The poem refers to the fact that sometimes beautiful things do not last long. They tend to be evanescent. Gold is of course associated with the precious metal. It is extremely valuable in this sense. But in the poem, the meaning has more to do with the color of foliage just prior to when it turns green. This is especially true during spring time in New England (where Frost lived). The speaker says that it is hard for Nature to "hold" the color gold. This just means that the gold hue doesn't last long. The flower or plant "subsides," folds, or fades into green leaves.
When the speaker says that "Eden sank to grief," he is referring to the story in the Bible. Initially, Adam and Eve live in a paradise, the Garden of Eden. However, this doesn't last long because they eat the forbidden fruit. Just as the golden hue of the flower doesn't last long, their access to paradise doesn't last long.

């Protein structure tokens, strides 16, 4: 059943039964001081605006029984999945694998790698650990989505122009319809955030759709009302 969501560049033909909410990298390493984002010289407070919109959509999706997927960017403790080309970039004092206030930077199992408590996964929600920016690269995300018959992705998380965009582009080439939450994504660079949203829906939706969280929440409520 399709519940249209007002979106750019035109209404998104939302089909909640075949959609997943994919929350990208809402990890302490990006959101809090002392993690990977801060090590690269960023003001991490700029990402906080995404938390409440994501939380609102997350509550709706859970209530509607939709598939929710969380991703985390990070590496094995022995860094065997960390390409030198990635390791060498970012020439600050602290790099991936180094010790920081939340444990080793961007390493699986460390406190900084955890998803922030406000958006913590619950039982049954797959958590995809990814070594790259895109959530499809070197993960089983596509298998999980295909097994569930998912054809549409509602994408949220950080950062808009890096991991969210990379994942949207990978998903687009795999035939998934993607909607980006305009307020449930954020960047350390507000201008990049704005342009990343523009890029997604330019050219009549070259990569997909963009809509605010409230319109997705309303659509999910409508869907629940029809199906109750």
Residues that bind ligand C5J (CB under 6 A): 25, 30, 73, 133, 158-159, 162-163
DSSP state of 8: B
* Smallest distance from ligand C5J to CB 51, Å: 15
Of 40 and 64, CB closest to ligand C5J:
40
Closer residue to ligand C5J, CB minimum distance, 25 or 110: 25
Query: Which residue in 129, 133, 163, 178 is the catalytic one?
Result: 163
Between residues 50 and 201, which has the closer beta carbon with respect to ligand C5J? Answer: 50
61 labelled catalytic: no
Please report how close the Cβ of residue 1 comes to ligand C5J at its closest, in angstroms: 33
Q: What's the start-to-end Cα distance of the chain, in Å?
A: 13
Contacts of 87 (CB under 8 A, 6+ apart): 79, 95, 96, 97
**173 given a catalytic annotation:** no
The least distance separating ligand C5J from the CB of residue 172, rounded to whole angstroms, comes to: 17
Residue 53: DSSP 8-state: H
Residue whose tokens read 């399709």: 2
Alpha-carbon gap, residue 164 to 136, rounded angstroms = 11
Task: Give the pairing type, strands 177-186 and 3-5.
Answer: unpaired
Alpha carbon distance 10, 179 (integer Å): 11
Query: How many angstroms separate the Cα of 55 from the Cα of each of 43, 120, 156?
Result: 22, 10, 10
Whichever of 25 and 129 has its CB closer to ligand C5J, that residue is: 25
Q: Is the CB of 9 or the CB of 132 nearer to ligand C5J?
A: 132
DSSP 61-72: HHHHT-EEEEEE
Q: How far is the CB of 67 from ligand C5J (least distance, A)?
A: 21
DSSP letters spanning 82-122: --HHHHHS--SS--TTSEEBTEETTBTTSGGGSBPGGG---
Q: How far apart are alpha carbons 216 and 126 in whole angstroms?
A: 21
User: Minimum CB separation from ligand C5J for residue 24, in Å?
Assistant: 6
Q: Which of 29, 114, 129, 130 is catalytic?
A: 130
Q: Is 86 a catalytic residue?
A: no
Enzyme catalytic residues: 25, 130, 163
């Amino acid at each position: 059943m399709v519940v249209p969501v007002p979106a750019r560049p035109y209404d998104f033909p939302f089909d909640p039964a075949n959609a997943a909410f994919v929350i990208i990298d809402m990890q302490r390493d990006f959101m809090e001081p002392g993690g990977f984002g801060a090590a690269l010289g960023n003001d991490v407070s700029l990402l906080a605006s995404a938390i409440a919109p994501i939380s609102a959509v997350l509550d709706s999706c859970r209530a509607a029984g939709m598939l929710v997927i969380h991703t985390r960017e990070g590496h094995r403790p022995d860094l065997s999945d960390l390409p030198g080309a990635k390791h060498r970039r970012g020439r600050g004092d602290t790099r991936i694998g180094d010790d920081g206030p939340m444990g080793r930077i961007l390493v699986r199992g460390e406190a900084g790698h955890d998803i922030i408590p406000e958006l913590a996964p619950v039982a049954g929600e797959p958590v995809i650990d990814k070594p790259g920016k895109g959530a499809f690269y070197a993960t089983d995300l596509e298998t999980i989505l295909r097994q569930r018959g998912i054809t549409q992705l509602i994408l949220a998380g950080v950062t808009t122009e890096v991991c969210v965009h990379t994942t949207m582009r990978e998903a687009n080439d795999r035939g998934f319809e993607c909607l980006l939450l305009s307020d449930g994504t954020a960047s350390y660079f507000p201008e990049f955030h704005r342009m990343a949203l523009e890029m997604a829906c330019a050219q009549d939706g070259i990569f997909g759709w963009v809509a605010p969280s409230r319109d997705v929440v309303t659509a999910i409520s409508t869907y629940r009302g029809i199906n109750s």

The title "Nothing Gold Can Stay" illustrates how these beautiful things (the gold hue of the plant and the Garden of Eden) do not stay long. However, the resulting green hue does represent life and rebirth. Losing the Garden of Eden is referred to as a "felix culpa" which means a happy fall. It is tragic to lose paradise, but in doing so, Adam and Eve (humanity) gain knowledge of good and evil and free will. So, the fact that a beautiful thing is fleeting is not so tragic because it can (in these two examples) result in new life. This idea also ties into the seasons and the cycle of life.